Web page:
In 2012, 76% of Americans identified themselves as Christians. Some 25% of these Christians are Catholics. At least 51% come from more than 30 different denominations. For the rest of the population, Judaism, Buddhism, Islam, and Hinduism collectively account for 4% of the adults in this country. Please understand that this is no small number. Finally, 15% of the adult population has no religious affiliation. Another 5% have no interest in discussing religion. If you consider that the total population in this country is over 306,861,871, these last two figures represent millions of Americans.
There are a large number of "accepted" or in some cases "tolerated" religions such a Shinto and Taoism. It's also true that there are a considerable number of diverse alternative religious and quasi-religious groups operating in the United States. These "unconventional" religious and philosophical organizations include the Scientologists, Christian Scientists, and the Unification Church. There are many more. I can only guess that there must be several million people who choose to associate with these groups.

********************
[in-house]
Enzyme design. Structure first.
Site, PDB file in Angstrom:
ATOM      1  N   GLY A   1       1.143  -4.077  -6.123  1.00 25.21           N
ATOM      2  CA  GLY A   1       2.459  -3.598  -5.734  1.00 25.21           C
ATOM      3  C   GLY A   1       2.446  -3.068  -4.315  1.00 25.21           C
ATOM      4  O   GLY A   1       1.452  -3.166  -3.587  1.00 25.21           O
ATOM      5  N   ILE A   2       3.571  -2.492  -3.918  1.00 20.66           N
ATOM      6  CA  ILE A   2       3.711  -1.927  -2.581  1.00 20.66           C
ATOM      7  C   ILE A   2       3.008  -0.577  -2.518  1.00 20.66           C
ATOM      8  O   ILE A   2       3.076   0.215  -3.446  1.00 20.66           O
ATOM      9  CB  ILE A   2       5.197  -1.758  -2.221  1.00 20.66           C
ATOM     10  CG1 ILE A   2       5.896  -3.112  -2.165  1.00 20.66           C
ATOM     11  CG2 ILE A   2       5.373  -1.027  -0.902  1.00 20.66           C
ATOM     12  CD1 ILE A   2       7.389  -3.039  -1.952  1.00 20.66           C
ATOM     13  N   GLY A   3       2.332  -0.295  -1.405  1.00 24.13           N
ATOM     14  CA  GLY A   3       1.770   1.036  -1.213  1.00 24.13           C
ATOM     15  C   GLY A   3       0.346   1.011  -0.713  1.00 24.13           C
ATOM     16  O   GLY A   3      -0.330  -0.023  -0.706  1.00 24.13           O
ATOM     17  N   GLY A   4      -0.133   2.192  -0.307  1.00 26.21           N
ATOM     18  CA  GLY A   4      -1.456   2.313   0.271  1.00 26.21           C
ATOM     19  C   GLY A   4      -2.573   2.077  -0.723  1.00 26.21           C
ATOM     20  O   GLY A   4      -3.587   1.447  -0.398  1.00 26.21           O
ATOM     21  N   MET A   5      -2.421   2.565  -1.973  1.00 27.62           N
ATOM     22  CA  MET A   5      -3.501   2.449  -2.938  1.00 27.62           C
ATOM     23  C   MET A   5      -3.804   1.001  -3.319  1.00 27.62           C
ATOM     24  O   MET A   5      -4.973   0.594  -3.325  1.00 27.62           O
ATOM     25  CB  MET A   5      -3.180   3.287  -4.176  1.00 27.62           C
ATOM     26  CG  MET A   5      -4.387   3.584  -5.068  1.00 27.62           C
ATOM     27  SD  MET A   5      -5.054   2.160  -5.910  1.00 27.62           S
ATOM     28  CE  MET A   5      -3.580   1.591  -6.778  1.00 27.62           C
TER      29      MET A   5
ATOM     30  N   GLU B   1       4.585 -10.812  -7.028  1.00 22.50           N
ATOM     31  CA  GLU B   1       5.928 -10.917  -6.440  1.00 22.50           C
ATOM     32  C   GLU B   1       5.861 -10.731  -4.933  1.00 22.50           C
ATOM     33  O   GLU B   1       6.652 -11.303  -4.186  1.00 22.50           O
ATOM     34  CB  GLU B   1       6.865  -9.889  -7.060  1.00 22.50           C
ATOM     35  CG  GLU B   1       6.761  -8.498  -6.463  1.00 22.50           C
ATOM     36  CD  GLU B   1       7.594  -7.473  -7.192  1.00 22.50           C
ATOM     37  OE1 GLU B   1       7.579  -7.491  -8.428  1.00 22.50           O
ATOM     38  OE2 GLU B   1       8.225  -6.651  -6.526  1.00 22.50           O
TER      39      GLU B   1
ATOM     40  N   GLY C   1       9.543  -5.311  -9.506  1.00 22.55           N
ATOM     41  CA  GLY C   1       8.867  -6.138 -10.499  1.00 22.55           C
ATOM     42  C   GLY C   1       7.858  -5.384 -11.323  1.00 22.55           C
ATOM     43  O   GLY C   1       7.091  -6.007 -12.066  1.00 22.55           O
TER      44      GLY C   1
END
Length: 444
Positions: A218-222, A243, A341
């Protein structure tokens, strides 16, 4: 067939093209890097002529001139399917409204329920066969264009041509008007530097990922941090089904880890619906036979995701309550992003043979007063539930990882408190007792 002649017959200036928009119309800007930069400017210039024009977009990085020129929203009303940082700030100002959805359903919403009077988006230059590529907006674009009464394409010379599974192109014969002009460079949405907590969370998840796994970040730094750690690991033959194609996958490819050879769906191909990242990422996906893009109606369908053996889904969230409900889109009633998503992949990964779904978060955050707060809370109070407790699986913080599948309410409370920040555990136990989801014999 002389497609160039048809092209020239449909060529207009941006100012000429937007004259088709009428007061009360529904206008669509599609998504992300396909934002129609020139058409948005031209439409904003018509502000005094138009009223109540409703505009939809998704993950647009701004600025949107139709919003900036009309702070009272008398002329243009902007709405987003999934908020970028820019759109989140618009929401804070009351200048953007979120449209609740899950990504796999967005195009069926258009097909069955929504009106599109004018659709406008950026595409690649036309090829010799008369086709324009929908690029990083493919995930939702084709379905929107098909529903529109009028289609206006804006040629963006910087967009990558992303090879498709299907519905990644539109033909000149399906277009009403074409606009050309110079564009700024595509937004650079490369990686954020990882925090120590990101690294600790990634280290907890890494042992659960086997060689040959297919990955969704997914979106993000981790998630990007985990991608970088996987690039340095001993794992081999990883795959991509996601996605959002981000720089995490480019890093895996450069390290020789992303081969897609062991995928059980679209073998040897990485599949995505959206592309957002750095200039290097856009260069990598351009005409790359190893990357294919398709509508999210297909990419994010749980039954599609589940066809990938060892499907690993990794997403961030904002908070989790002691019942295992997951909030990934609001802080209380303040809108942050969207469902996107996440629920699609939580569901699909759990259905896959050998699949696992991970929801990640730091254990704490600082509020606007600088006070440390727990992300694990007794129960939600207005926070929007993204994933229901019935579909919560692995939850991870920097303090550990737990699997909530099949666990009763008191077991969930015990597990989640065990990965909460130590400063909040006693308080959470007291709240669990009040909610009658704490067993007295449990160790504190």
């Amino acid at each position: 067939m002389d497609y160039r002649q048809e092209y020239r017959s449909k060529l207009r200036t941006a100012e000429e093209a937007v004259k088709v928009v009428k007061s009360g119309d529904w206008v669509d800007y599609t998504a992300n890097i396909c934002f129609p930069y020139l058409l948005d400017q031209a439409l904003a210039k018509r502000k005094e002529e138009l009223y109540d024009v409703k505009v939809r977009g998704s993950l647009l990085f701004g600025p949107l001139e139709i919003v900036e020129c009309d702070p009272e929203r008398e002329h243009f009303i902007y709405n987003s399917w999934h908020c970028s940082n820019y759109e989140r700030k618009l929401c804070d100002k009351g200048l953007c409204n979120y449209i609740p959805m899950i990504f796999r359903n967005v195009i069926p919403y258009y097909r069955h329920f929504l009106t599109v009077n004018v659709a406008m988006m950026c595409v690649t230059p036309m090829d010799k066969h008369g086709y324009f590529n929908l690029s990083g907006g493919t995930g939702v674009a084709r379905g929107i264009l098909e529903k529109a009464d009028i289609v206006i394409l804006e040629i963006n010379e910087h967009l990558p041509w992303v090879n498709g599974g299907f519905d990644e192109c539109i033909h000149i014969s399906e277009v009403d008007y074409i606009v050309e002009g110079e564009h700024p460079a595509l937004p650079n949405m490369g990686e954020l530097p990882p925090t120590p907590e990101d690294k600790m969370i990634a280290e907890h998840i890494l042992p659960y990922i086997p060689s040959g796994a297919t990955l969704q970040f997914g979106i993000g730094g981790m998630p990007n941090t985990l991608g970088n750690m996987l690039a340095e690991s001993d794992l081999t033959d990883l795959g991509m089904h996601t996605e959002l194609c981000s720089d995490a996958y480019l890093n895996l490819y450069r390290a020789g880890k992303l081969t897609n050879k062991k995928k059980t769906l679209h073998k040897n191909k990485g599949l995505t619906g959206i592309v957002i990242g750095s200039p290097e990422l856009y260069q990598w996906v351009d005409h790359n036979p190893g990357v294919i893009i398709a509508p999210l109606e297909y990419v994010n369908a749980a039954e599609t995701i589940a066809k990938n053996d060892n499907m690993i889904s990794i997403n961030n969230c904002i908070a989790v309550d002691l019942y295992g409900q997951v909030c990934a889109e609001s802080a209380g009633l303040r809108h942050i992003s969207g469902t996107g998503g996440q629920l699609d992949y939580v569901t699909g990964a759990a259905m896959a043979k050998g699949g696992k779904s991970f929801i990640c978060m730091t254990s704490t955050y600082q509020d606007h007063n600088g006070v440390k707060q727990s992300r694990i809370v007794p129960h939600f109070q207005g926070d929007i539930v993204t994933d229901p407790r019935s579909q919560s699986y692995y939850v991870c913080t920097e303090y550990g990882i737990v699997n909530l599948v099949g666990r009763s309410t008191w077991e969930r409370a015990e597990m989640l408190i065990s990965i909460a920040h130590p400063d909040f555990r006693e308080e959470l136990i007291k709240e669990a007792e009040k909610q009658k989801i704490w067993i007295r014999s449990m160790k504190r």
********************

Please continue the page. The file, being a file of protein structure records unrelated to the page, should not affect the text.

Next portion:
On top of this, we know that there is an incredible disparity in the distribution in of wealth in this country. The top 1% of Americans earns $717,000, compared to the rest of the population which have an average annual income of $51,000. This means that the 1% is worth approximately $8,400,000, or 70 times that of the lower class. Some figures state that the 1% controls 43% of the wealth in this nation, with the next 4% claiming a healthy 29%. This information tells us that the majority of Americans are not obscenely wealthy as some outsiders erroneously led to believe.